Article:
I’ll be blunt: I was sorely tempted to use this story to rant about Country Day’s shortcomings. But with the current state of the world, I figured we’re all sad enough as it is.
Instead, here are five reasons the cancellation of in-person classes has been hitting me so hard:
After English ends, I head to the library, where Chris, Ted, Becca and Garrett are bent over their economics problem set.
Grind Time it is, then: No goofing off for 50 minutes. I pull out my physics homework and get to work.
“Chris?” I ask.
“Yeah? What’s up?” he says, looking up from his problem set.
“Can you help me with number 57?”
“Yeah, for sure.”
I slide my book over to him and wait for him to read the problem. He’s two homeworks behind me, but we both know who’s the physics tutor here.
Meanwhile, I ask Ted when that problem set is due.
“Next period,” Garrett answers for him.
I glance at Ted’s paper. He’s only one-fifth done.
Chris lets out an “Aha!” that tells me he’s ready, and I turn back toward him.
“Hey, buddy,” Anna greets me, Anu by her side. “Wanna eat on the backfield?”
“Yeah!” I grab my lunch from my locker. “Kaitlyn and I gotta microwave, though, so I’ll meet you. Did you text the others?”
“No, I’ll do that.”
After our food is heated, Kaitlyn and I walk to the back field.
“Oh, I see them,” Kaitlyn says.
I see them, too: a small group on the grass by the fence. It looks like Yumi ended up making it, too. I say as much as Kaitlyn and I join them.
I sit on the shady side, while Yumi and Anna sit in the sun, directly across where the tree’s shadow stops.
“I think today is the first day all week — no, all month — that we’ve all eaten together!” Jewel announces.
I recline into the wooden library chair. Last period of the day, and it’s Vibe Time, or 50 minutes of relaxing.
“Since we have free period last, I might actually be on time for ‘tracktice’ today,” I tell Chris, grinning.
Track practice — or tracktice — started last week, and every day, I’ve been late.
“Wait,” Jackson says. “We have paste-up today, so are you skipping?”
“No I’m going straight after.”
Chris tips his chair back and holds his phone at an obnoxiously high angle. His phone clicks loudly, and he cackles, revealing his terrible Snapchat selfie.
“Oh yeah!” I jump up. “I still need to do my streaks!”
I rest my phone against a backpack, set the timer, run out of the library and jump up facing the window. I rush back inside to check the result. Fail.
“What,” Jackson says slowly, “was that?”
“Her streaks, dude,” Chris replies.
“Can you change the song?” Jewel asks as she merges onto the freeway.
She cranks up the volume as we shout the lyrics to “679” by Fetty Wap. By the time we arrive at Cordova High School for tracktice, we’re late (dang it!) and breathless from laughter.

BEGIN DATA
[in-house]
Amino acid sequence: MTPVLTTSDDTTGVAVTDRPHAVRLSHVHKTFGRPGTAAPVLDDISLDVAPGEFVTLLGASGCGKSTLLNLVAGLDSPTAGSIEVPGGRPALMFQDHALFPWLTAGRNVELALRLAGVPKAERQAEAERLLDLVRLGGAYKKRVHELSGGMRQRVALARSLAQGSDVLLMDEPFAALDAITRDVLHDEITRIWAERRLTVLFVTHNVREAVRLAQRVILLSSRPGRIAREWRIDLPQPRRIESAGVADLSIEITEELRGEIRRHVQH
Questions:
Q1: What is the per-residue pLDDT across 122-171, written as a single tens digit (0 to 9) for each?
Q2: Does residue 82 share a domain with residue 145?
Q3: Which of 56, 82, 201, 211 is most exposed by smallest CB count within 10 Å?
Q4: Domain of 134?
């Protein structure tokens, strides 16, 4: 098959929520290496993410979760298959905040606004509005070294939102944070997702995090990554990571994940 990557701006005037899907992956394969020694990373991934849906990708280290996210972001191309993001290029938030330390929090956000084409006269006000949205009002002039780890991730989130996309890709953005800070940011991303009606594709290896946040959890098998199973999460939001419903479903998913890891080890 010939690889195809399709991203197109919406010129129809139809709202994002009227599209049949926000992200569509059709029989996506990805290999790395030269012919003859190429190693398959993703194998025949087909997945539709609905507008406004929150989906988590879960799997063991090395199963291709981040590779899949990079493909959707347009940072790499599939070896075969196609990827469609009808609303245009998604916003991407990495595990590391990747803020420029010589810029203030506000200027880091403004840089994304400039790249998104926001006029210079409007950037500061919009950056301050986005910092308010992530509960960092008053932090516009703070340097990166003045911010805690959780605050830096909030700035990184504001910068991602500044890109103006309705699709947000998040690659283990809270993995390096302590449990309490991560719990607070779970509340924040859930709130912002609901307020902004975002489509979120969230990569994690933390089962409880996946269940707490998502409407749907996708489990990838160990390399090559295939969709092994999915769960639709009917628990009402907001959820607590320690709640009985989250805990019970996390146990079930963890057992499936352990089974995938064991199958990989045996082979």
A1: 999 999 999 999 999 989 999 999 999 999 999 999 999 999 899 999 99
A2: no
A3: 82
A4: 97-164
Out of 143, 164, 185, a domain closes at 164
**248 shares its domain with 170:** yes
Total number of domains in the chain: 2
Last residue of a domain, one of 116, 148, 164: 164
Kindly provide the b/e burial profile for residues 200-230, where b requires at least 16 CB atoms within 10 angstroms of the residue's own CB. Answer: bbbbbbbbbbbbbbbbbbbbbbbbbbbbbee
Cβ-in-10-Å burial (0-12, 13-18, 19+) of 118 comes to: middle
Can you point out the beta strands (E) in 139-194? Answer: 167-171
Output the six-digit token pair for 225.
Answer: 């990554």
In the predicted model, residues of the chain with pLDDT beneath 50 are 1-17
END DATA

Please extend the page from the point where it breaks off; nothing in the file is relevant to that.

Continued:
“That boy, Arijit!” Coach Rick exclaims upon seeing me. “Do you know where he put your pole? He threw it over the fence! And now I can’t get it out because I don’t have the key, so you go over there with him and get it somehow.”
He’s trying to be stern, but halfway through, I burst out laughing at Arijit’s ridiculousness, and he can’t help but crack a smile, too.
I catch Arijit halfway across the field, and he leads me to the pole, explaining that the shed where the pole is usually stored was locked yesterday and that he can just climb back over the fence.
While he climbs, I update him on the status of my new pole — orange, as I requested. Soon we won’t have to share poles anymore.
After practice, I stumble to paste-up and am greeted with “Hey!” and “You’re back!” as I enter the Cave.
A few hours later, I catch a glimpse of the sun setting through the window.
“Everyone!” I yell. “Look at that sunset! It’s beautiful! I’m going to take pictures, come on!”
To my surprise, everyone actually follows me out to the back field. The sophomores play on the playground while we seniors stay back and watch, like exhausted parents.
Another few hours later, Anna asks if anyone wants to brave the darkness for a bathroom break.
We make it to the teachers’ lounge in one piece and start to head back.
“Wait, we forgot Arijit … ”
“AHH!” Arijit jumps out of the trash can yelling, triggering a cacophony of screams, curses and laughter.
Larkin and I vow revenge.
This is just some of what I looked forward to every school day.
Now, Vibe Time is virtual and Grind Time is solitary; I eat lunch alone in my kitchen; I never ended up using my new pole — much less going to a track meet; my final paste-up will be spent sans life-threatening bathroom breaks.
But I don’t want to end this on a sad note: I want to acknowledge all the good things I had to look forward to. I want to say thank you to everyone I mentioned and everyone I didn’t.
Thank you all for giving me reasons to miss school.
Thank you for making it so hard to say goodbye.
— By Emma Boersma
Originally published in the May 26 edition of the Octagon.